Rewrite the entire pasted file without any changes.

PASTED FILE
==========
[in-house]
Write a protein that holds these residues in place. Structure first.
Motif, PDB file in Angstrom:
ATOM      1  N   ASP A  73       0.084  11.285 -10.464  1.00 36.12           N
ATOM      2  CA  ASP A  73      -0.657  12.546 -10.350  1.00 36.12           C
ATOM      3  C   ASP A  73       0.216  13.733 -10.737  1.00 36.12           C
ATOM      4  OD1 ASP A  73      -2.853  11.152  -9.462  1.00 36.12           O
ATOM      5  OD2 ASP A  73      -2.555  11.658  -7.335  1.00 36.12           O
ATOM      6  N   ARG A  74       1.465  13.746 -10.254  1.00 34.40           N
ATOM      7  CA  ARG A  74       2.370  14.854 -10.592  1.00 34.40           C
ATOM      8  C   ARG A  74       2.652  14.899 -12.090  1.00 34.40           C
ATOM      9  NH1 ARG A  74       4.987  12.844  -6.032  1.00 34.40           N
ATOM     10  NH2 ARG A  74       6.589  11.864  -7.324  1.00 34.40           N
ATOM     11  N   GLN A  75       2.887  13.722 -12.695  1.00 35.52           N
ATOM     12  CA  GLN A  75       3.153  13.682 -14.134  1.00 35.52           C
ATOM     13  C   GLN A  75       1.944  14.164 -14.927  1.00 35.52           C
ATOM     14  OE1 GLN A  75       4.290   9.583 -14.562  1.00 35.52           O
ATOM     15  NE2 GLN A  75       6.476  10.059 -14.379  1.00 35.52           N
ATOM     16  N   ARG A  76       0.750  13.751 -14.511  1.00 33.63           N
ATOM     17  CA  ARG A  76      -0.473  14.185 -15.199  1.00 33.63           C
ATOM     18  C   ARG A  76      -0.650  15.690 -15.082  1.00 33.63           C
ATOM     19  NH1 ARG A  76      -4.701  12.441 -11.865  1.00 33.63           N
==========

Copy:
[in-house]
Write a protein that holds these residues in place. Structure first.
Motif, PDB file in Angstrom:
ATOM      1  N   ASP A  73       0.084  11.285 -10.464  1.00 36.12           N
ATOM      2  CA  ASP A  73      -0.657  12.546 -10.350  1.00 36.12           C
ATOM      3  C   ASP A  73       0.216  13.733 -10.737  1.00 36.12           C
ATOM      4  OD1 ASP A  73      -2.853  11.152  -9.462  1.00 36.12           O
ATOM      5  OD2 ASP A  73      -2.555  11.658  -7.335  1.00 36.12           O
ATOM      6  N   ARG A  74       1.465  13.746 -10.254  1.00 34.40           N
ATOM      7  CA  ARG A  74       2.370  14.854 -10.592  1.00 34.40           C
ATOM      8  C   ARG A  74       2.652  14.899 -12.090  1.00 34.40           C
ATOM      9  NH1 ARG A  74       4.987  12.844  -6.032  1.00 34.40           N
ATOM     10  NH2 ARG A  74       6.589  11.864  -7.324  1.00 34.40           N
ATOM     11  N   GLN A  75       2.887  13.722 -12.695  1.00 35.52           N
ATOM     12  CA  GLN A  75       3.153  13.682 -14.134  1.00 35.52           C
ATOM     13  C   GLN A  75       1.944  14.164 -14.927  1.00 35.52           C
ATOM     14  OE1 GLN A  75       4.290   9.583 -14.562  1.00 35.52           O
ATOM     15  NE2 GLN A  75       6.476  10.059 -14.379  1.00 35.52           N
ATOM     16  N   ARG A  76       0.750  13.751 -14.511  1.00 33.63           N
ATOM     17  CA  ARG A  76      -0.473  14.185 -15.199  1.00 33.63           C
ATOM     18  C   ARG A  76      -0.650  15.690 -15.082  1.00 33.63           C
ATOM     19  NH1 ARG A  76      -4.701  12.441 -11.865  1.00 33.63           N